The main deity, Viracocha I, has various names such as Tecsi Viracocha or Pachayachachic (Maker of All Things); he represents wisdom and the ability to bring order to the world and all things it contains. He is generally associated with the creation of water and navigation techniques. Viracocha II, Imaymana Viracocha, is associated with plants’ medicinal properties as well as agricultural labor. Viracocha III, Tocapo, is seen as connected with textiles. Finally, Viracocha IV, Taguapaca or Tunupa is seen as responsible for the propagation of ocean beings, but he is also linked with disobedience and rebelliousness.


Raymondi Monolith. Representation of a feline deity.

In antiquity, there were also other mythical cycles which flourished in various regions of the Andean world. Among the best known are those of Con (on the northern coast), Chincha (in the Chincha Valley), Cañaris (in Quito), Ancasmarca (in the southern Andean valley of Cusco), Tumbe (in Tumbes), Tumayricapa (in Tarma and Huanuco), Raco (in the colder regions of the highlands), Guari, Libiac (in the central and north-central mountain ranges), Catequil, Piguerao (in the northern mountain ranges), Chicopaec, Aiapaec (northern coast),Urpay Huachac and Auca Atama (in the Lima valley).

It is important to point out that all these mythical cycles were, it seems, overseen and regulated by Pachacamac, the great invisible deity, who is responsible for both the beginning and the end of each cycle, usually by means of a cataclysm or a deluge. Pachacamac is the permanent generator of the pachacuti or renewal of the world. He is, thus, the end of an era and the beginning of another, a notion that reinforces his ties to the Inca dynasty.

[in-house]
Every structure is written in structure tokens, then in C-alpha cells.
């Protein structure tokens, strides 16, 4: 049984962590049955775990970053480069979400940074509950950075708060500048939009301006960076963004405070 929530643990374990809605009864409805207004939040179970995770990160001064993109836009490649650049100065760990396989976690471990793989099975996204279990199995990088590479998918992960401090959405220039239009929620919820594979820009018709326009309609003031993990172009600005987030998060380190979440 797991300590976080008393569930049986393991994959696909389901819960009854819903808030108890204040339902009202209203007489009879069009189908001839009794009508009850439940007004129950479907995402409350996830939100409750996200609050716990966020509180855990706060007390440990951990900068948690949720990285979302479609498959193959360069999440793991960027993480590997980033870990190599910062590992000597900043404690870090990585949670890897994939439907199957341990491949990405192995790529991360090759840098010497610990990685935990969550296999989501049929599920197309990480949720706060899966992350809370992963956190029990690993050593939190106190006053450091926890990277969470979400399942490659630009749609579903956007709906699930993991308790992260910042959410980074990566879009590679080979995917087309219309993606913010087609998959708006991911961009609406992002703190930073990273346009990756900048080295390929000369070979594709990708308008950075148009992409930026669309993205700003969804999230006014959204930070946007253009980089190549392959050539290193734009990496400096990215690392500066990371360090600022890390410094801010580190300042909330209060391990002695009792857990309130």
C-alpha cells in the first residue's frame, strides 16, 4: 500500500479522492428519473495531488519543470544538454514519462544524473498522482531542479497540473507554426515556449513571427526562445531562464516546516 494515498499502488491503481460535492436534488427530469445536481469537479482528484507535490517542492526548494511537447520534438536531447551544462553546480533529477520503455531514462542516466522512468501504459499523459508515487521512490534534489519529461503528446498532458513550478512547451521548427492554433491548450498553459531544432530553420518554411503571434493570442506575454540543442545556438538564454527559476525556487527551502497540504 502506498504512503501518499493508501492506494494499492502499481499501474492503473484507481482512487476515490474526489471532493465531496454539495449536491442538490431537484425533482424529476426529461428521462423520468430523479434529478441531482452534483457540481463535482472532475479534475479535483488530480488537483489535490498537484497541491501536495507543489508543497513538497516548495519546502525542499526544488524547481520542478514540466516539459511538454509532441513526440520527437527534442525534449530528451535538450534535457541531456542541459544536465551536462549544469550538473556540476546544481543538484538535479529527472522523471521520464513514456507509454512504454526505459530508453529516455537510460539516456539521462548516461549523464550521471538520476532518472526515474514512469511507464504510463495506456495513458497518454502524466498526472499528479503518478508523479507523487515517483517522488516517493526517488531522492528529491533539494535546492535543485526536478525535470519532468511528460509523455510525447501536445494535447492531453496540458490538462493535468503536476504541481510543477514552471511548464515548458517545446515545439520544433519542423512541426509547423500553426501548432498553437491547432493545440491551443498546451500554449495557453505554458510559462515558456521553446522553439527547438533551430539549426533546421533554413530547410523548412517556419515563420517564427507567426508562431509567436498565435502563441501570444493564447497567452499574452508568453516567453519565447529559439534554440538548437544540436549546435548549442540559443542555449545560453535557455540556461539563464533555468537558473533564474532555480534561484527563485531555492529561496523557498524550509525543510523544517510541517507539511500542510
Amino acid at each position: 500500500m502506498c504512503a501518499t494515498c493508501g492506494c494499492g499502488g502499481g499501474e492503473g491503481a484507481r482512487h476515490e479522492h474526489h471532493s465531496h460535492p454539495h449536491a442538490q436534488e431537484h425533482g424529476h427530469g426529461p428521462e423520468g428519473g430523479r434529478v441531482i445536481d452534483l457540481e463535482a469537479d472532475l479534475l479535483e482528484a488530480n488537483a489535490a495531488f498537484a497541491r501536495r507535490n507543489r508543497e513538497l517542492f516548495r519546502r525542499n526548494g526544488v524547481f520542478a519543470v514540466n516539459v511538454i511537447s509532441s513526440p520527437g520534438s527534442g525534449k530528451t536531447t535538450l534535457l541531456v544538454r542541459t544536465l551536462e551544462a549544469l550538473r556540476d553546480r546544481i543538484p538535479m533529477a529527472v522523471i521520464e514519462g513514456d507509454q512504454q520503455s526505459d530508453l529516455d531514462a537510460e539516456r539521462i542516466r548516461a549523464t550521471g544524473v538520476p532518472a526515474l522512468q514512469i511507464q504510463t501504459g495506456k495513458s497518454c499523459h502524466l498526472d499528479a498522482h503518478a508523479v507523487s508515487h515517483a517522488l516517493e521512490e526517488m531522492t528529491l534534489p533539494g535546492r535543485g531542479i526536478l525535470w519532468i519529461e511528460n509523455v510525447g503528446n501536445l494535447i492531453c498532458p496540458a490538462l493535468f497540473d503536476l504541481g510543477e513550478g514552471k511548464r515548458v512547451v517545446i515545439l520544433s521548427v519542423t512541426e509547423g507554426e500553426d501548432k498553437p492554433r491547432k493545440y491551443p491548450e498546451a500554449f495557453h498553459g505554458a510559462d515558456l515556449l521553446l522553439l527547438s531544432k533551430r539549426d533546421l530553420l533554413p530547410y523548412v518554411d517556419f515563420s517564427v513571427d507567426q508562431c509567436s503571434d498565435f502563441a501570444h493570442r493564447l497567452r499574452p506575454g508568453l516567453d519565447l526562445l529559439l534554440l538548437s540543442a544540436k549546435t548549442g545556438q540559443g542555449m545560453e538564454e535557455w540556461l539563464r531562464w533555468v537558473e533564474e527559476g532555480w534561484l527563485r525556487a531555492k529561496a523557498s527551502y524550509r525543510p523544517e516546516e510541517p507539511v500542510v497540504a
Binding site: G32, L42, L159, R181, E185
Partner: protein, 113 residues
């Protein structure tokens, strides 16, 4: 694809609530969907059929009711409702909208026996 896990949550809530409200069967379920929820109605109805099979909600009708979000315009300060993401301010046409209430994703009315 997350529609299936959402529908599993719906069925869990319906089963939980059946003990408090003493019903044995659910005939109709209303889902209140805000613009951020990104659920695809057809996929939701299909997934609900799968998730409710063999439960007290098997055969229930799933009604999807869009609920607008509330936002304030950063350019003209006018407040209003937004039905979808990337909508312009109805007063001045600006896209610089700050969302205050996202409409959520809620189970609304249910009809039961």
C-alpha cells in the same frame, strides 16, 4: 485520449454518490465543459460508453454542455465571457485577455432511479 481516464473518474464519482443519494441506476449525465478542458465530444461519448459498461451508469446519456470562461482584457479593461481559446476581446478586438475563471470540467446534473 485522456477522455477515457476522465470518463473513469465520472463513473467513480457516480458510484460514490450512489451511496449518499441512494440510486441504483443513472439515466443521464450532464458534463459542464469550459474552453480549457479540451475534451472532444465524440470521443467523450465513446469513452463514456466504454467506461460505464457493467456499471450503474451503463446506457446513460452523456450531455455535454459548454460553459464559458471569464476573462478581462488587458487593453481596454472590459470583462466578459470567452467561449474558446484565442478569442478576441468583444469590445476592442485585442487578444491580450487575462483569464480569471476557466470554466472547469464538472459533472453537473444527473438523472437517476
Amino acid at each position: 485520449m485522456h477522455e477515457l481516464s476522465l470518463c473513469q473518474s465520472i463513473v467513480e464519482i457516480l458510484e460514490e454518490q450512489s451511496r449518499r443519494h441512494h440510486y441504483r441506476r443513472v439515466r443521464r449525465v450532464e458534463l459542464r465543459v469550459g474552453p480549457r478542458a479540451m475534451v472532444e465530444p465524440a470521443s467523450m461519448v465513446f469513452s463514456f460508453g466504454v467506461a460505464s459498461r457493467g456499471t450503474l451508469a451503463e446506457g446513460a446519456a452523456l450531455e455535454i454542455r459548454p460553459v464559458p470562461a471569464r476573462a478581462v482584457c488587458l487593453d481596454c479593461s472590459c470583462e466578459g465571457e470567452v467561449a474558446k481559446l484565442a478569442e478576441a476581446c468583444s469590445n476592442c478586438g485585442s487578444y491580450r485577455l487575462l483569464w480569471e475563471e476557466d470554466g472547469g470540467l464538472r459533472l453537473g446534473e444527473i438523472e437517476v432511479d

Manco Cápac and the Incan kingdom

For many researchers, the Inca period begins with the couple formed by Manco Capac and Mama Ocllo, who are not themselves creators of life, but children of the Sun, charged with a civilizing mission. As such, they are regarded as intermediaries between the Sun god and men and emerge from the frothy waters of lake Titicaca to teach men diverse occupations and Sun worship. Both the emperor or Intip Churin (child of the Sun) and the Purun una (mere mortal), had two gods: the Sun (a visible god, creator of all that exists) and the feared Pachacamac (an invisible but omnipresent deity). Nonetheless, the Andean pantheon included numerous lesser local deities who were worshipped with equal fervor.

Good examples of these include the Huacas (embodied in men, mountains, rivers, animals, fruits and rocks); Mamacocha (the sea); Illapa (thunder); Pachamama (Mother Earth); Mamaquilla (Mother Moon);and the Apu (the mountain spirit). Also, the Incas also differentiated three spatial levels where everything existed: Hanaq Pacha, the upper world, inhabited by the ancient creators, the builders; Kay Pacha, our world, inhabited by men, animals, nature; and Ukhu Pacha, the netherworld, inhabited and traveled by the dead.


The snow covered peak of theAwsangate (Cusco, Peru)

Ancient Andean Manuscripts

The Gods